If you’ve never seen or heard of it before, this photo surfaced in 2009, Obama’s first year in office. Taken by Pete Souza, Obama’s official photographer and Reagan’s at the time the picture was made, the photo shows Reagan meeting Russian tourists in Red Square in 1988 on the occasion of his fourth summit with Gorbachev. There’s a twist though, and it’s a big one. During a long interview after being named Obama’s chief photographer, Mr. Souza insisted incontrovertibly to NPR that the man, far left in the photos, was actually Vladamir Putin. Citing a source in the Secret Service, Souza related that KGB families, pretending to be random Russian citizens, were laying in wait to confront Reagan about the Gipper’s human rights record. Souza claimed that Putin, as a still youngish KGB agent, was part of the ruse, and that Putin’s identity was verified to him, too.
Of course the Kremlin denied that the figure was really Putin, insisting instead that the new Obama administration, given Souza’s encore and the opportunity to rummage through his archive, was just looking to score some cheap points. The “gotcha” is pretty clear, isn’t it? It’s evidence of people who can’t be trusted, their leader not just a phony but a nefarious one. I wonder if anybody has really thought about the visual symbolism much beyond that, though. It seems disparaging of Putin on still deeper layers. In alignment with the child (both on a physical angle, in terms of facial features and also color tone and dress), there’s the sense he’ll be permanently wet behind the ears, ever the tourist, or perpetually on the periphery as compared to a giant like Reagan.
On the other hand, the photo also reminds me, in an oblique way, of the Clinton/JFK “Boy’s State” photo. I understand the Clinton image was completely uncomplicated, the plot line there about a youthful admirer inspired toward a high calling. Not exactly a fake tourist undercover in the presence of the legendary antagonist, is it? Still, the photo can be read as placing Putin symmetrically, early in his career, in balance with Gorbachev on the opposite side of the photo (and not nearly overshadowed). It’s interesting too, by the way, how the guy off Reagan’s nose also seems to be looking toward Putin. That guy, I’m petty sure, is Sergey Lavrov. Holding a job with the government in ’88 in international economic relations, he moved on to become Russia’s UN representative. Curiously, sixteen years after the photos was taken, he ended up as Putin’s minister of foreign affairs. In the great tradition of Russian literature, call it foreshadowing.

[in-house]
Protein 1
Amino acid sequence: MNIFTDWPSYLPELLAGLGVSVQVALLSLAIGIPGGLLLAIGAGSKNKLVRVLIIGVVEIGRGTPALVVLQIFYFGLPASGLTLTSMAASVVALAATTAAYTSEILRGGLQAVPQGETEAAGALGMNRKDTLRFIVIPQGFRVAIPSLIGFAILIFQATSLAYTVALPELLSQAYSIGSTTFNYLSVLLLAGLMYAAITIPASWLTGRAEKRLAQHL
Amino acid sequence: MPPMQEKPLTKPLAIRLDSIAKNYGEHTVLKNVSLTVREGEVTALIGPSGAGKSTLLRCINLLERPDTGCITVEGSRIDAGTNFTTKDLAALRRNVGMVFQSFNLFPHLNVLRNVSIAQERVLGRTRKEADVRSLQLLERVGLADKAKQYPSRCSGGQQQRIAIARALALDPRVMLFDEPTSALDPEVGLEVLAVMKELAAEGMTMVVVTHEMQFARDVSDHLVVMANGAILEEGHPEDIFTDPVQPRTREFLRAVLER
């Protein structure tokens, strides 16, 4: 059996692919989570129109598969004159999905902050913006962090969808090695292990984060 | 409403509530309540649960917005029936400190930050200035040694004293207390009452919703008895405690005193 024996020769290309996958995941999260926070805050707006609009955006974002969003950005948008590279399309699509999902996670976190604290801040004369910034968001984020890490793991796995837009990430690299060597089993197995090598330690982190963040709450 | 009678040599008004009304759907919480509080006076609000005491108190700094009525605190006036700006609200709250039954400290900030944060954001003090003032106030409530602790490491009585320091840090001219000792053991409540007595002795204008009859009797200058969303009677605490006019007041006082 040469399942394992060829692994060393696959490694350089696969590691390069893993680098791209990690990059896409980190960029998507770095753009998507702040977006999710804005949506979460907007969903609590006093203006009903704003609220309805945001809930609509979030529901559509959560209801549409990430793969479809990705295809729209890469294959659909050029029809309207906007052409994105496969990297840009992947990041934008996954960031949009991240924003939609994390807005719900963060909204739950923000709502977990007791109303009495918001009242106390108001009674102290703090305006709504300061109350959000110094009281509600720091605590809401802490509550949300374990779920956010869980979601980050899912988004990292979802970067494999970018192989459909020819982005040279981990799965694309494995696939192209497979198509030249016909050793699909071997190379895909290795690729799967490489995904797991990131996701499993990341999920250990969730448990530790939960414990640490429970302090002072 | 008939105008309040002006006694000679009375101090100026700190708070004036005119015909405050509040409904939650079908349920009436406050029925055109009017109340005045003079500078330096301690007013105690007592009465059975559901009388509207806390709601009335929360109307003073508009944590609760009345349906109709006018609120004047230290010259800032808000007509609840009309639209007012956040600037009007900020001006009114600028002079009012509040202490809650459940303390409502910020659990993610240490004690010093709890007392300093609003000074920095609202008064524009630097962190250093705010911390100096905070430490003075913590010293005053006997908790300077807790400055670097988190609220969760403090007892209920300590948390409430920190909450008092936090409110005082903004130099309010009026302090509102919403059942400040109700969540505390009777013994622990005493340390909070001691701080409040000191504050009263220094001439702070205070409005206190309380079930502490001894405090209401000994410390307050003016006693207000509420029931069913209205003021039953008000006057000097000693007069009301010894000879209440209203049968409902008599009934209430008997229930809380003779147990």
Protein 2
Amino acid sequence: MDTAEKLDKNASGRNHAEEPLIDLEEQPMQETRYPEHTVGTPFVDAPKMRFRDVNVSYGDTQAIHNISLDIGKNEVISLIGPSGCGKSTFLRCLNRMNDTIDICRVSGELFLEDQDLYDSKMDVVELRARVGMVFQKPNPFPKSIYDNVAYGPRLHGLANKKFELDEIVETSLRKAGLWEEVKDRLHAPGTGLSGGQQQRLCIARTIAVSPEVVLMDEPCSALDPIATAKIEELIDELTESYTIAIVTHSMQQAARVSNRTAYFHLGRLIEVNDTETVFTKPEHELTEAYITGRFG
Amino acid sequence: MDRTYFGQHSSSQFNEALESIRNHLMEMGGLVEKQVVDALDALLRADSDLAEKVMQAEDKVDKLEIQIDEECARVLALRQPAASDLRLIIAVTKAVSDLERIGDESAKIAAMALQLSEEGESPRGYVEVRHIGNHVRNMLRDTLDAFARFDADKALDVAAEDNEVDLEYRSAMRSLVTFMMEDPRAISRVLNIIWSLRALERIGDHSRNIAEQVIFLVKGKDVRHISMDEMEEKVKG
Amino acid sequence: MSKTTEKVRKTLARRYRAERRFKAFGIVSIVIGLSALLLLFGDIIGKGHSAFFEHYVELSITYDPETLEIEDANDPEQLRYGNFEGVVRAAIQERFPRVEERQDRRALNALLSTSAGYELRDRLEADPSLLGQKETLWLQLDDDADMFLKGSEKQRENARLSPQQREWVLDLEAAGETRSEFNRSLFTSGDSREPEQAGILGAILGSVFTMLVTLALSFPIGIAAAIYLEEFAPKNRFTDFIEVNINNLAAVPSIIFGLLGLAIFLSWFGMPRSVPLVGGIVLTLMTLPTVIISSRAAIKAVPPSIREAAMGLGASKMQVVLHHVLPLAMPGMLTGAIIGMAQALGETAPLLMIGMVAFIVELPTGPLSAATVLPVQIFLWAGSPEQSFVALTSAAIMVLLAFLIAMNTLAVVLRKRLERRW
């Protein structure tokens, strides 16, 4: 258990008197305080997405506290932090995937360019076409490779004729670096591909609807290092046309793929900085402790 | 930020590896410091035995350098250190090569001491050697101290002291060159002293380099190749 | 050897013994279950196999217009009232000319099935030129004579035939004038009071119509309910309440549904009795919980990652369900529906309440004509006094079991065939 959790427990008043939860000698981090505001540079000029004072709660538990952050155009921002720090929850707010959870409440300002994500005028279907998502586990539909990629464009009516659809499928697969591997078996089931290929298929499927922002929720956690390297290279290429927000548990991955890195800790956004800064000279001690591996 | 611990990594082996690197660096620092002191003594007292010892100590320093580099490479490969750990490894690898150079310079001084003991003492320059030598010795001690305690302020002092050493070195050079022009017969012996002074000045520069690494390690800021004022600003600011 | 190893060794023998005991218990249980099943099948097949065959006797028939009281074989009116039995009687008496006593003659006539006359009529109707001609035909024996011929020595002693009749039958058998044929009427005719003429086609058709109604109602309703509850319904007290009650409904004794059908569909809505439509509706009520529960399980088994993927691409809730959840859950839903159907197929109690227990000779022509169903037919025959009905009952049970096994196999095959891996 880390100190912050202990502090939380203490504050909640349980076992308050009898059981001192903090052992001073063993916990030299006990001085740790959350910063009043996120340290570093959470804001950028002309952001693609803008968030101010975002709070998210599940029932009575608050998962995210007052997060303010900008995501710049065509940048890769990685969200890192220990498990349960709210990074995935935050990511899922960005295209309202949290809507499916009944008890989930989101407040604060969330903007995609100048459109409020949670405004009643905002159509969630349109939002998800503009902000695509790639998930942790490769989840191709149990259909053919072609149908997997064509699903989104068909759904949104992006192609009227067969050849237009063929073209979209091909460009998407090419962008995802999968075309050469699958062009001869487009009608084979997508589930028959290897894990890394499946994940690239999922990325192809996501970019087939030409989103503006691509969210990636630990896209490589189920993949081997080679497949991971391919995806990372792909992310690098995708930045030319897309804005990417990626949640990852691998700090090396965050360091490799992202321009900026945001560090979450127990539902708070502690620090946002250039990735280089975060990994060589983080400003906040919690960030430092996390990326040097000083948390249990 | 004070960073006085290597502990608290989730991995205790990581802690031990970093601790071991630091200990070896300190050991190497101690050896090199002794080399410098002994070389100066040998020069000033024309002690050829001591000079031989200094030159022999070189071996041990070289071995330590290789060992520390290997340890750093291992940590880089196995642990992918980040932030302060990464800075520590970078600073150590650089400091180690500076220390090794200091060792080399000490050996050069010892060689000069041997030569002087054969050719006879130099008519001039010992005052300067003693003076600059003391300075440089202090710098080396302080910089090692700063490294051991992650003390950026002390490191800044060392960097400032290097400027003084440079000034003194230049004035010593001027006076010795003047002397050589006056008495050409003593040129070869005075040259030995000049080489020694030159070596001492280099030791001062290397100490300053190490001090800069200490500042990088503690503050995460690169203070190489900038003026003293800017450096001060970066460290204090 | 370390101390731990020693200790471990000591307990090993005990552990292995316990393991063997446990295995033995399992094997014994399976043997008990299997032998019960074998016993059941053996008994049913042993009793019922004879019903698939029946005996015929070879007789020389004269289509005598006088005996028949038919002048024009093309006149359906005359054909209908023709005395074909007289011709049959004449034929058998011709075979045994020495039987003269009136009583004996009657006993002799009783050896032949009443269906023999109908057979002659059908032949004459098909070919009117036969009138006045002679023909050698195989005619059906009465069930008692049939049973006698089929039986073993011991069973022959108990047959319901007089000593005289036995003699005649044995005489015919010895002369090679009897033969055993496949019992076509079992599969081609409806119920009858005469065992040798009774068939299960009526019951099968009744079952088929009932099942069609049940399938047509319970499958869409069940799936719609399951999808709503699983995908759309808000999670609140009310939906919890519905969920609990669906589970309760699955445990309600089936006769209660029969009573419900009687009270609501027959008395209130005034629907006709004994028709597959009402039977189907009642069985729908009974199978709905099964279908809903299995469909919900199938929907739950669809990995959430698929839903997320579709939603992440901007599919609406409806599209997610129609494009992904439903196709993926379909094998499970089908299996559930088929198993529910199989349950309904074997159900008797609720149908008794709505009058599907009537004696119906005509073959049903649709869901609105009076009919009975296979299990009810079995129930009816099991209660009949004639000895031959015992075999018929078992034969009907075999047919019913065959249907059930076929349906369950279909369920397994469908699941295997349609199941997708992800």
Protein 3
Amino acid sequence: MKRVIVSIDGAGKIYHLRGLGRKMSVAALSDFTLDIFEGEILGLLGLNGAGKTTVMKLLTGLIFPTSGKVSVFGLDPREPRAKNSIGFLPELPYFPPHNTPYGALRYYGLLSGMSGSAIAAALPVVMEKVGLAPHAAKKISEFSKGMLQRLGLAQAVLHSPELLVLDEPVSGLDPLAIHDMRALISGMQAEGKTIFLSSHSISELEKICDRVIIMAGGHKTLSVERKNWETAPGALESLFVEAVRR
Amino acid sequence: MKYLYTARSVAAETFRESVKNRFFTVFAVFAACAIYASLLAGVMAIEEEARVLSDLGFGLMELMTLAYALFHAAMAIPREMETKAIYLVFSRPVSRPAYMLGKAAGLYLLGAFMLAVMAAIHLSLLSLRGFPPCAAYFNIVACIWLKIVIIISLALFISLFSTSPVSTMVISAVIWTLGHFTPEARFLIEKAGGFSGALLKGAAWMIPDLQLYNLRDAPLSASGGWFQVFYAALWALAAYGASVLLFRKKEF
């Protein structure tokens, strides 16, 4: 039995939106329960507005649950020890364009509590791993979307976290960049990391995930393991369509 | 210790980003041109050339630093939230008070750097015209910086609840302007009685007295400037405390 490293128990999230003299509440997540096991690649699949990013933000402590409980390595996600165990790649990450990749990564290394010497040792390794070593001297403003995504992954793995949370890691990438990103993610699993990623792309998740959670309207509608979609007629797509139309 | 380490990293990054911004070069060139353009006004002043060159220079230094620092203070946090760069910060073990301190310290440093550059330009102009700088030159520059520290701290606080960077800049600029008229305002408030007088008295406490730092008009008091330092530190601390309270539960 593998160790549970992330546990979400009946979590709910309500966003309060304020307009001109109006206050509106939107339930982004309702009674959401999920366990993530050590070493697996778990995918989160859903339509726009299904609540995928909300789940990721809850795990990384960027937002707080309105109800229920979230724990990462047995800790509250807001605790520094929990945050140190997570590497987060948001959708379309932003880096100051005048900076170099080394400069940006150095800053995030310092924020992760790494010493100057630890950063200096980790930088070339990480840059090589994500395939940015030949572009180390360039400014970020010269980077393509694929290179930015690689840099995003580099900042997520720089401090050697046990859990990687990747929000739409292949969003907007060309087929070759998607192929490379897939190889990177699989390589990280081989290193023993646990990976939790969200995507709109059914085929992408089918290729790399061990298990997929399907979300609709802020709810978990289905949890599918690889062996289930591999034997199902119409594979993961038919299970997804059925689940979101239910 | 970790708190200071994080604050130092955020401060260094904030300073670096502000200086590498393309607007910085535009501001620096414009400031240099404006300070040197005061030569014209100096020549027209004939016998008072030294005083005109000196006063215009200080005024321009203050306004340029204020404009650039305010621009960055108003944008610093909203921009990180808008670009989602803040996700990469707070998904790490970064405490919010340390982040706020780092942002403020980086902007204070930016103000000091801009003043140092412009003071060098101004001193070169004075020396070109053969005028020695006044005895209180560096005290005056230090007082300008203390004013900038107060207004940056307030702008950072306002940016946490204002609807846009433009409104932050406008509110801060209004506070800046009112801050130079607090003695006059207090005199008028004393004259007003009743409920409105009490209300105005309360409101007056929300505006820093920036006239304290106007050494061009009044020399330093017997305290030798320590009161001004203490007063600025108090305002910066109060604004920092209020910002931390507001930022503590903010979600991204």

Another element here, and it plays to Putin’s strength (or, at least, his strong DNA) has to do with Putin’s enduring vigor. Most twenty-six year-old photos would leave a person a little dispirited for the loss of their youth and/or their looks or vitality. If anything, this photo suggests how minor a factor age seems to play when it comes to Putin. This timeless quality (given Putin’s ability to keep coming back through the revolving door) can actually lend some mythology. Finally, the subterfuge of playing the tourist might be classically Putin. That he’s actually acting here in the presence of the famous American actor, and the fact it’s obscured because Reagan sucks up so much oxygen, seems spot on. Where Reagan played his movie star charm and charisma to the hilt, perhaps Putin’s act is about being enigmatic.
But then, the most ingenious thing about the photo involves the question of whether that really is Putin or not. Along with the news stories in ’09, there was some skepticism. (Along those lines, you don’t have to know Greek to find these other sightings rather hilarious.) Referencing an actual photo of Putin in the same era (Putin would have been 36 in the Reagan photo), many cite that “the Putin” in the Reagan photo has too much hair. Others point out how remote it would be that the real Putin, a mid-level functionary tucked away in Dresden at the time, would be either be here in Red Square or even plucked for the role. All told however, the photo is compelling for reasons that have little to do with its underlying accuracy. What it still picks up about the man is endurance, star power, skulduggery and the lens close at hand.
(photo: Pete Souza/White House. 1988. Moscow)